In April, the Center for Disease Control confirmed that the Zika virus is directly linked to the development of fetal brain defects. Of the at least 258 U.S. citizens who have been infected by the Zika virus, 18 of them have been pregnant women. All pregnant women and women who plan to become pregnant in the future should be taking steps to protect themselves from the Zika virus, but sometimes other people's negligence can make protecting yourself nearly impossible. If you become or currently are infected with the Zika virus while pregnant, here are 3 people who might be legally responsible to compensate you for any damages you sustain.
Most people associate the Zika virus with mosquitoes, but it can be spread through sexual contact, too. In most states, any partner you're having sexual intercourse with is obligated to tell you beforehand if they are infected with a sexually transmitted disease. If your partner knowingly had the Zika virus and didn't tell you before engaging in intercourse with you, they may face jail time and be legally obligated to pay for any damages that come of the virus should you become infected.
In some states, your partner can be charged with a crime if they transmit a disease to you via sexual intercourse, even if they let you know they were infected before becoming intimate with you. If you become infected with Zika while pregnant and you know or suspect that your sexual partner infected you, contact a personal injury lawyer to find out what laws your state imposes.
If your job requires you to travel to locations within the Zika virus outbreak zone, then your employer is required to take reasonable precautions to protect you from contracting the virus. Upon being asked to travel to a location where Zika was on the rise, were you notified of the outbreak? Were you informed of the potential consequences of contracting the virus? Were you trained on how to avoid contracting the virus and provided with the proper equipment to do so? If you answered no to any of these questions and you become infected with the Zika virus while pregnant, your employer may be responsible for any damages you sustain.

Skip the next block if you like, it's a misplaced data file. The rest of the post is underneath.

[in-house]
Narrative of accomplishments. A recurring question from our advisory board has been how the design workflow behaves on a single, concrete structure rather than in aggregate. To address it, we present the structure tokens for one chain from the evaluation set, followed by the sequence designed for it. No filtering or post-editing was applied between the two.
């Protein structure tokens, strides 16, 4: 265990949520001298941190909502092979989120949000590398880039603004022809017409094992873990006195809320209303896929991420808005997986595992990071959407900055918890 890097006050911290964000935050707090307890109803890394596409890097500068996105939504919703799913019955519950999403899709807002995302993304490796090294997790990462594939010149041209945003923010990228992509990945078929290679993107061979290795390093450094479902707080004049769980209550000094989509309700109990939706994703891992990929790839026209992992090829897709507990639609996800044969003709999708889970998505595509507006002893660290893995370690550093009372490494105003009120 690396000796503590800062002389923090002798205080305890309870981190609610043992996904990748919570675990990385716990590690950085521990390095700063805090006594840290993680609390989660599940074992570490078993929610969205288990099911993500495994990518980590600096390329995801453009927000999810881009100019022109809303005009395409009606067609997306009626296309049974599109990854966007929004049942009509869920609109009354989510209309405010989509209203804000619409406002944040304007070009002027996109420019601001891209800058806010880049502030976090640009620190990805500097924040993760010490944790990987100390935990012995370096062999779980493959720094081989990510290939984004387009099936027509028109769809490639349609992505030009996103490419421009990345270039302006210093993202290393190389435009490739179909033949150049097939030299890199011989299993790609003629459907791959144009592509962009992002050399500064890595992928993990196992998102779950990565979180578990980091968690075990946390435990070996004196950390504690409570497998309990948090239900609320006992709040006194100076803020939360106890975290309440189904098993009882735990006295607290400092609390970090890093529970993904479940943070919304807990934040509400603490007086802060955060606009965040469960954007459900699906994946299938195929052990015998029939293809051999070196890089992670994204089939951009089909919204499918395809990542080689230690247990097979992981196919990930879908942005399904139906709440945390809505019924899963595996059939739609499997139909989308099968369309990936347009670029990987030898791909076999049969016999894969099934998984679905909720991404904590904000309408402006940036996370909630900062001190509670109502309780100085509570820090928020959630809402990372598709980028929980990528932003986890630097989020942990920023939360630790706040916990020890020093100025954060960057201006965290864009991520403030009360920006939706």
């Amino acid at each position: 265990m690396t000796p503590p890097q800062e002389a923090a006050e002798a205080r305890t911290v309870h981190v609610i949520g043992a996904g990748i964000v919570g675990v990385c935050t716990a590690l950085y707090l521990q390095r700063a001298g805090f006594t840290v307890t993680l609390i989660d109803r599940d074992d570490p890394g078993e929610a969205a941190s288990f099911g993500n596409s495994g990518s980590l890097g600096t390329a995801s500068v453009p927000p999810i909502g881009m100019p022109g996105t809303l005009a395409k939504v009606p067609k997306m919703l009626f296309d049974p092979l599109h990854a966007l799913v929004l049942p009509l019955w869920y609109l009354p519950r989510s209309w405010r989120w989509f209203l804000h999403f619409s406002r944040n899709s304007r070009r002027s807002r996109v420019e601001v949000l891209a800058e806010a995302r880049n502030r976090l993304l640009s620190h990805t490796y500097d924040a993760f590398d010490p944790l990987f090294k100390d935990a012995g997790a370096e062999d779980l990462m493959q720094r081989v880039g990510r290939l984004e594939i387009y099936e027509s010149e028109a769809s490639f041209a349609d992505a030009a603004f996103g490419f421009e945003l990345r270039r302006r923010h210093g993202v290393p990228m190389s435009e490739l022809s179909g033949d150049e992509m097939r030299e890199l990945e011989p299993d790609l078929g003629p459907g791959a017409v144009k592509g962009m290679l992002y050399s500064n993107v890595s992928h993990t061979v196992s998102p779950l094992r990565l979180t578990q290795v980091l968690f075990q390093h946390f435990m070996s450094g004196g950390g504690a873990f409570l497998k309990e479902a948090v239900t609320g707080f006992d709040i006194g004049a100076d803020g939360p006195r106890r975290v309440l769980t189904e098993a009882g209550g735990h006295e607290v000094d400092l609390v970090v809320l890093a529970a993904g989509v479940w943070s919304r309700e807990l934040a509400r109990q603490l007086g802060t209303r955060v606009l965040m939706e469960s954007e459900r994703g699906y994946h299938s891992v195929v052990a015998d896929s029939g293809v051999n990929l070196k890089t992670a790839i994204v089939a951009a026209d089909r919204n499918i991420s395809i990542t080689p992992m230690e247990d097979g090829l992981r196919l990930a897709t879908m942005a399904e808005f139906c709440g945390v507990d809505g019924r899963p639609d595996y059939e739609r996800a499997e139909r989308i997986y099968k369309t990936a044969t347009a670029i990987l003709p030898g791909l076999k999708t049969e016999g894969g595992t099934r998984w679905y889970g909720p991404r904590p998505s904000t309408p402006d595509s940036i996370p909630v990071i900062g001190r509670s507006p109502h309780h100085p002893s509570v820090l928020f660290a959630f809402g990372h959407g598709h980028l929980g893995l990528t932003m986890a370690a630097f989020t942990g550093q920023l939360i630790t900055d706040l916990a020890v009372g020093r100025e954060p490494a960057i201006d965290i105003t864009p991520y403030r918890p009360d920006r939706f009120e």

Medical professionals must also exercise a reasonable standard of care for you as a patient. With Zika on the rise, all pregnant women should be being asked by their practitioners whether or not they have visited an infected country or had sexual intercourse with anybody who has. Women who have an increased risk of contracting Zika should be monitored throughout their pregnancy for infection. Furthermore, signs of microcephaly may not be evident until late in pregnancy, so the fetuses of Zika-infected mothers should be monitored throughout the pregnancies for brain defects, even if they initially test negative for the condition.
Should you test positive for Zika while pregnant, your doctor should inform you of your options going forward and get your informed consent before performing any procedures. Informed consent means that you fully understand the risks and consequences of each of your treatment or procedure options.
Zika virus infections are on the rise, and with this rise comes an increased risk of pregnant women in the United States contracting the disease. If you are pregnant and have Zika or if you contract the Zika virus while pregnant in the future, ask yourself whether or not somebody else's negligence led to your hardship. And if you believe one of the people on the above list may be responsible for your condition, visit a personal injury attorney to start building a case against them and learn more about potential personal injury settlements that may be owed you.